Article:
David Bourget (Western Ontario)
David Chalmers (ANU, NYU)
Rafael De Clercq
Jack Alan Reynolds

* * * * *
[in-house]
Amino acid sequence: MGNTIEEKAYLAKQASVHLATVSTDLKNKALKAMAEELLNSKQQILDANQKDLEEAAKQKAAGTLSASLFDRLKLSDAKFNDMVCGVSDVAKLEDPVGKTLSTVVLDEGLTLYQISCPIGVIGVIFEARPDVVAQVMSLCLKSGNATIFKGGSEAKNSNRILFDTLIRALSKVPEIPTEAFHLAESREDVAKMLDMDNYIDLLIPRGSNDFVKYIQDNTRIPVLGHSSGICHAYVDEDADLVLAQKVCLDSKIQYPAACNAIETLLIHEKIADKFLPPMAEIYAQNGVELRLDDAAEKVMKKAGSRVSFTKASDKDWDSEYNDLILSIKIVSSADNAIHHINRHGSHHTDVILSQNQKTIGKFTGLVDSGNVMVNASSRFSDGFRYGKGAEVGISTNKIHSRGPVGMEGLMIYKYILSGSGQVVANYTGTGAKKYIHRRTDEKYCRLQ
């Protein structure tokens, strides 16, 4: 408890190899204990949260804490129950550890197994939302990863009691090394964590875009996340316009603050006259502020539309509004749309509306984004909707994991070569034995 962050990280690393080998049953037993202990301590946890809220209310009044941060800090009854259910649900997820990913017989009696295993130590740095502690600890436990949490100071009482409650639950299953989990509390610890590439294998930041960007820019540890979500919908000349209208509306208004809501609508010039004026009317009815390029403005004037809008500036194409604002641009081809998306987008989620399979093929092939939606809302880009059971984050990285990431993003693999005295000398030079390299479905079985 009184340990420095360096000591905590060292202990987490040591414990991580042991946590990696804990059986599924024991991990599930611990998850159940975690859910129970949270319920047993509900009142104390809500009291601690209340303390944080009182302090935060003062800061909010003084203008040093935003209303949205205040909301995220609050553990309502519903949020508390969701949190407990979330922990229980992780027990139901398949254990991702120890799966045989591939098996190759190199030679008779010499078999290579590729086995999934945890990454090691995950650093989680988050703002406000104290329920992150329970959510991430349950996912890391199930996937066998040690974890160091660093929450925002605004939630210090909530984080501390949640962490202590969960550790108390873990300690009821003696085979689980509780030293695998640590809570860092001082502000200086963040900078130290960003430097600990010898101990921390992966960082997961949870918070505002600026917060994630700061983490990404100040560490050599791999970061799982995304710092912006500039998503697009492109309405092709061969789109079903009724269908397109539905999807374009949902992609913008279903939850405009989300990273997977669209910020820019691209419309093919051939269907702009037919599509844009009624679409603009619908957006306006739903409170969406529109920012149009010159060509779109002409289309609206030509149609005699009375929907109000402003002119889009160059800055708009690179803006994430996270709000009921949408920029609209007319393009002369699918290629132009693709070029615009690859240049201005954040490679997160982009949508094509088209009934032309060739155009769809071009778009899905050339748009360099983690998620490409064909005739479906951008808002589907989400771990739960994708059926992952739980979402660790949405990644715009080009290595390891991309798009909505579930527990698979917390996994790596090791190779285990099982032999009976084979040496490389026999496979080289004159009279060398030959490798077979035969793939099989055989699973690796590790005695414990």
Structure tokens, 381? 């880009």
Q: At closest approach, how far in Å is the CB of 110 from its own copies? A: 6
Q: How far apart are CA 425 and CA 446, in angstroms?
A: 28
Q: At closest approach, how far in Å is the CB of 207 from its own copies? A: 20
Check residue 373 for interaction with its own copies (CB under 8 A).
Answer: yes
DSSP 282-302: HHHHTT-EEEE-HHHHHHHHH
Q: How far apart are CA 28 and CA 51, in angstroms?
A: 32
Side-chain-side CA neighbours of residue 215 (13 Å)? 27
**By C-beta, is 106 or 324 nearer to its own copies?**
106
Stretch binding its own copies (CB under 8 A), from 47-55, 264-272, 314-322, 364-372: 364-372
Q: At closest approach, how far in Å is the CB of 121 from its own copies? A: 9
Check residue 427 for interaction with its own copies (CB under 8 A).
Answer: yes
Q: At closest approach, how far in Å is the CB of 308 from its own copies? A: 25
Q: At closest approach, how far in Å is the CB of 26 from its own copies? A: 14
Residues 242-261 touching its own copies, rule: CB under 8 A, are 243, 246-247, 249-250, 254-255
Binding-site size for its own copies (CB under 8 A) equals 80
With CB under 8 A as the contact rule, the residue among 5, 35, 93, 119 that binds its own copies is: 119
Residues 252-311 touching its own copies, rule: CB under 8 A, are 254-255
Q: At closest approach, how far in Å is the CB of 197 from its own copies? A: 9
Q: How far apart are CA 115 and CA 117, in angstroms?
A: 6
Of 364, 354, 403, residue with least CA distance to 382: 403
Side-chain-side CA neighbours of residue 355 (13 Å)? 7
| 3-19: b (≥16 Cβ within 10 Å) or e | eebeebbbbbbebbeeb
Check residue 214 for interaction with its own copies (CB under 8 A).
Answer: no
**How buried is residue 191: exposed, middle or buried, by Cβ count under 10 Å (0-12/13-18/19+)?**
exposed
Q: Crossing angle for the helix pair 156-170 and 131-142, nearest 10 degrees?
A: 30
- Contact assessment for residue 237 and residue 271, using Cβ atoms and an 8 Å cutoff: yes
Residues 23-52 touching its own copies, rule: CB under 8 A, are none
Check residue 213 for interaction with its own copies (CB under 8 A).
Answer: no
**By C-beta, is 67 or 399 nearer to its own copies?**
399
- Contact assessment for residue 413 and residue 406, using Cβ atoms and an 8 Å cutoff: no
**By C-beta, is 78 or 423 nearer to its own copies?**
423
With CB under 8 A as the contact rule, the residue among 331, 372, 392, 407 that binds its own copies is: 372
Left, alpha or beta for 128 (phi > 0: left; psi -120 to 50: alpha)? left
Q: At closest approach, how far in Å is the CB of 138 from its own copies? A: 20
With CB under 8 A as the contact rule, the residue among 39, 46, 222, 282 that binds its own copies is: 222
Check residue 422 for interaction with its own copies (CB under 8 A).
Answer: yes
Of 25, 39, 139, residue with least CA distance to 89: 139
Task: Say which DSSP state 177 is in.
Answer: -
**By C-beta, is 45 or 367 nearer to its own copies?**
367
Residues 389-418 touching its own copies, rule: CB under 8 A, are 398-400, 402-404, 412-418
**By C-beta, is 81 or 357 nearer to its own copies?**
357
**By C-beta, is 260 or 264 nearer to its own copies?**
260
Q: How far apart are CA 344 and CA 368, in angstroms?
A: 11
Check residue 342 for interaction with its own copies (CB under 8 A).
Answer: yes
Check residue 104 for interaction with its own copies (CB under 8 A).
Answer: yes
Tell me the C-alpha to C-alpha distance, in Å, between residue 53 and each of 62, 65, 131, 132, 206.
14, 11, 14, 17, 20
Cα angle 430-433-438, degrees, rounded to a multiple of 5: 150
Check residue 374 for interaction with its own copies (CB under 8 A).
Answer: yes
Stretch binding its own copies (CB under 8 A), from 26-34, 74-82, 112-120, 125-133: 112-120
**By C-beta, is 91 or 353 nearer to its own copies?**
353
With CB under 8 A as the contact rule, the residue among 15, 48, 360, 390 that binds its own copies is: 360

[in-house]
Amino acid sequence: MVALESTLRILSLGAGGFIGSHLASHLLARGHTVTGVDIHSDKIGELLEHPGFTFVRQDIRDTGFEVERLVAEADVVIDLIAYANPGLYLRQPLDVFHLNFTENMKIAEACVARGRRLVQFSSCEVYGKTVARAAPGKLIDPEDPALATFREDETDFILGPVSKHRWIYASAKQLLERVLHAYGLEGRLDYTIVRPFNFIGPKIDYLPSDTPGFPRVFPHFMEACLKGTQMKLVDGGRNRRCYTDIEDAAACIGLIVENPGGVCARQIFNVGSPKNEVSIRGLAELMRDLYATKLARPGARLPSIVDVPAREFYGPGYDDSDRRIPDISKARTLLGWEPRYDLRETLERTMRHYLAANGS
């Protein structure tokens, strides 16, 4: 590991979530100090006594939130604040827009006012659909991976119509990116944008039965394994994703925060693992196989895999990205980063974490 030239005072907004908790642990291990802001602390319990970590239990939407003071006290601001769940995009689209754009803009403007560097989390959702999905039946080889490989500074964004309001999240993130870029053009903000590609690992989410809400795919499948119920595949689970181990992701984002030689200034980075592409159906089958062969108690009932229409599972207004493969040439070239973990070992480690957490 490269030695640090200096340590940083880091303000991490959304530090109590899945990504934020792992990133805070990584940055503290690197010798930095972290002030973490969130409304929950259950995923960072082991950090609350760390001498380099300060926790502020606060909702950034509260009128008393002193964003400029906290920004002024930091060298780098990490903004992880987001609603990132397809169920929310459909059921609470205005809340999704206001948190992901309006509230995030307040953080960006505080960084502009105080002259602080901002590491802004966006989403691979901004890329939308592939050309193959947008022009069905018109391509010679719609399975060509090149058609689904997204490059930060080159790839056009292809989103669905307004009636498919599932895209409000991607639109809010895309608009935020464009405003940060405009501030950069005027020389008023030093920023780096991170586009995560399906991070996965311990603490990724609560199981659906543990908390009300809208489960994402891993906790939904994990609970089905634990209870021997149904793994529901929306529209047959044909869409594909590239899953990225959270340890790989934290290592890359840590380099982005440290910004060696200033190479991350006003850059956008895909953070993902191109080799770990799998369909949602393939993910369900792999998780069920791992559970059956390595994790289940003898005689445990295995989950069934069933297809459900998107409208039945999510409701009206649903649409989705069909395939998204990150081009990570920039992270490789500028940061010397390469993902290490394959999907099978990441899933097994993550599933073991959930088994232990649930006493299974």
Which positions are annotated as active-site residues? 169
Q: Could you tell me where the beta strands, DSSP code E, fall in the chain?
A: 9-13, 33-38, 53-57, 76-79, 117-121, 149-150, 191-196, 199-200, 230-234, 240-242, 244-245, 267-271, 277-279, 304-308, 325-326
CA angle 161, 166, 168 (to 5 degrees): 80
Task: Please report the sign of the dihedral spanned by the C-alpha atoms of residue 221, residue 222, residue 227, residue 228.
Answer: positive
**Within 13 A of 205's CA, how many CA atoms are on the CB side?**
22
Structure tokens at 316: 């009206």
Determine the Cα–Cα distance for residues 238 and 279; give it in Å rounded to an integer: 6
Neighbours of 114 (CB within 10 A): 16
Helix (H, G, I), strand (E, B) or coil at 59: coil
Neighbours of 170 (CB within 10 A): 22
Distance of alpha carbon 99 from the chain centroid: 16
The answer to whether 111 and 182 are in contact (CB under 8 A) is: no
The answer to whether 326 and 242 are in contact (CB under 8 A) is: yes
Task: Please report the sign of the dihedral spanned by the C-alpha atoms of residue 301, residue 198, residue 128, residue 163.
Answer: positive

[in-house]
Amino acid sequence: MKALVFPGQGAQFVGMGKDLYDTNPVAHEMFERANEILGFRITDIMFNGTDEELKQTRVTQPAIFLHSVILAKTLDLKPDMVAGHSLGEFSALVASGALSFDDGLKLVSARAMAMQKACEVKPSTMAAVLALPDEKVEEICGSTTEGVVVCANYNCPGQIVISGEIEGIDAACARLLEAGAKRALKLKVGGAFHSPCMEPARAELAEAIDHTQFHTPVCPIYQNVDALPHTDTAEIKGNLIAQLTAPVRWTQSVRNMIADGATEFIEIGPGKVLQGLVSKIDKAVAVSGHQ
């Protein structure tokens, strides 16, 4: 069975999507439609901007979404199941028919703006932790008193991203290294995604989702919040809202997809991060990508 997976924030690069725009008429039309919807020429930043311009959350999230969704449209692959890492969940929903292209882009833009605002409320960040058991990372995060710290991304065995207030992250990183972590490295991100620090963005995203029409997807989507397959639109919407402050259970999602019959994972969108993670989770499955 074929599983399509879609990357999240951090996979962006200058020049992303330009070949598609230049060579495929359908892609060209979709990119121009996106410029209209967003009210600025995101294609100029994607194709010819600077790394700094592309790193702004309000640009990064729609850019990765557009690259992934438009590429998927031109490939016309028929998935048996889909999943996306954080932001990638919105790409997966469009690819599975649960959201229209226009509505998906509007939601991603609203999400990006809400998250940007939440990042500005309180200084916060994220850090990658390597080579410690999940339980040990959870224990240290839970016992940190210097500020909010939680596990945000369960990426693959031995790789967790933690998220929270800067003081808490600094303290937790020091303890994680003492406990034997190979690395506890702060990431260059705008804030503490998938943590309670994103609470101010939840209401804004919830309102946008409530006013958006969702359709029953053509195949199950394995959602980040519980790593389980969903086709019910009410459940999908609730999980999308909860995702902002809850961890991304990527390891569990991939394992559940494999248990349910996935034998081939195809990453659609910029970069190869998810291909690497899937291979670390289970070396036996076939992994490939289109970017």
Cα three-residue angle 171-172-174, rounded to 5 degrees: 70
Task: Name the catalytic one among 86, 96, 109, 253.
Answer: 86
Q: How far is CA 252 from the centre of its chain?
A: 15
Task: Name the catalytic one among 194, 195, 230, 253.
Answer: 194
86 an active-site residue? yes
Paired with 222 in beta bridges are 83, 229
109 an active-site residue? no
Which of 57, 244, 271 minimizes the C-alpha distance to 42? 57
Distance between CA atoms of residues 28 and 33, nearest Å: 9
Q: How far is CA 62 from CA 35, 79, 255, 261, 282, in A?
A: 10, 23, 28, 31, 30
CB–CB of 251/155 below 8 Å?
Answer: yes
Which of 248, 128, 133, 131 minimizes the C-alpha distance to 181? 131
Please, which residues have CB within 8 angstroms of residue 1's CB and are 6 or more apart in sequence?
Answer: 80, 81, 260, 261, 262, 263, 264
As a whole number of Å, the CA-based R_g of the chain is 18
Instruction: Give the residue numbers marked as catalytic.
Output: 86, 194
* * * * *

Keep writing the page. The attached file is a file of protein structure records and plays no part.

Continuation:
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In aggressive interactions, animals often use a discrete set of signals, while the properties being signalled are likely to be continuous, for example fighting ability or value of victory. Here we investigate a particular model of fighting which allows for conventional signalling of subjective resource value to occur. The result shows that neither perfect nor no signalling are evolutionarily stable strategies (ESSs) in the model. Instead, we find ESSs in which partial information is communicated, with discrete displays signalling a range of values rather than a precise one. The result also indicates that communication should be more precise in conflicts over small resources. Signalling strategies can exist in fighting because of the common interest in avoiding injuries, but communication is likely to be limited because of the fundamental conflict over the resource. Our results reflect a compromise between these two factors. Data allowing for a thorough test of the model are lacking; however, existing data seem consistent with the obtained theoretical results
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